Tag Archives: Greek Revival Style

Greek Revival Style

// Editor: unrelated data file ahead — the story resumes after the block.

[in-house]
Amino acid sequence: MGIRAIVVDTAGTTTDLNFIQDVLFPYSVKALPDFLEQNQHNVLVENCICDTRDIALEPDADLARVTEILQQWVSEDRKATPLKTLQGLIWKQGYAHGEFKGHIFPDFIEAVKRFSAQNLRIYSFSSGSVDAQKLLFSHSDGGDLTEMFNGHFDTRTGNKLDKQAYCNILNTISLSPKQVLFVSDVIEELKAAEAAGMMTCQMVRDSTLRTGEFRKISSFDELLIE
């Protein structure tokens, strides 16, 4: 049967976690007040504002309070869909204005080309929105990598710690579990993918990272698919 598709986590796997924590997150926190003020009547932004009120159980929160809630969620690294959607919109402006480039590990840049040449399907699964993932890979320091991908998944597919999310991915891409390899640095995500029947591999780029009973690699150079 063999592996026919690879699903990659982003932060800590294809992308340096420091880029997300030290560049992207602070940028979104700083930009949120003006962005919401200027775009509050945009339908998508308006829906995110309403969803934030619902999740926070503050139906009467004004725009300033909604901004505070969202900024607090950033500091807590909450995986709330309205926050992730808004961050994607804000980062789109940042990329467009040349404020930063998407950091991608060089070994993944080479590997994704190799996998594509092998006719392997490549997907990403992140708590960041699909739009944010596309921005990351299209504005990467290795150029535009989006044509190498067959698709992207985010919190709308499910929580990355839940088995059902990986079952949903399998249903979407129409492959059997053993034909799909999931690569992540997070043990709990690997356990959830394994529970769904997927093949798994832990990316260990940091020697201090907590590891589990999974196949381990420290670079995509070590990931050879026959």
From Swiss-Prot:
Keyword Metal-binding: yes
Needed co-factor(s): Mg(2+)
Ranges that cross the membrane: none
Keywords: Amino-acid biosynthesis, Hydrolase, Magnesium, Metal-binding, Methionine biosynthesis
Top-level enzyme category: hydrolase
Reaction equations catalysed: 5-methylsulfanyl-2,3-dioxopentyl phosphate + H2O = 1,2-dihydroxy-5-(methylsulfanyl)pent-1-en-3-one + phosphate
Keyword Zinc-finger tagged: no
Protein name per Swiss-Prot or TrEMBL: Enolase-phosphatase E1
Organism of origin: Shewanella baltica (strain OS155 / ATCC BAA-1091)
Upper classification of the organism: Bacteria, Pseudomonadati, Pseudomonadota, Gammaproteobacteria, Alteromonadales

The Greek Revival style, at its height from 1820 to 1840 in America, parallels a period of geographic expansion and growing national identity.  Part fashion, part conscious aesthetic, the Greek Revival, or Grecian, style is defined by the adaptation of ancient Greek forms of architecture and decorative motifs to new uses.  Publications such as James “Athenian” Stuart’s and Nicholas Revett’s Antiquities of Athensthe first accurate survey of Greek architecture ever undertaken—originally published in four volumes from 1762 through 1816, sparked a fashion for the Grecian style first in Europe and then in America.  In America, though, it was more than fashion. It was political.  As a young country emerging from the shadow of our British colonial past, we sought new paradigms and found parallels in the Greek War for Independence of 1821-1828, during which time, after nearly four hundred years of Turkish rule, Greeks fought their own revolution. Viewing ourselves as inheritors of the Greek democratic tradition forging a new democratic state, seeing parallels with another people fighting for their own freedom, we imagined ourselves as a new Athens. Our classically educated politicians and landowners were also familiar with the myths and history of Greece and the classical world.

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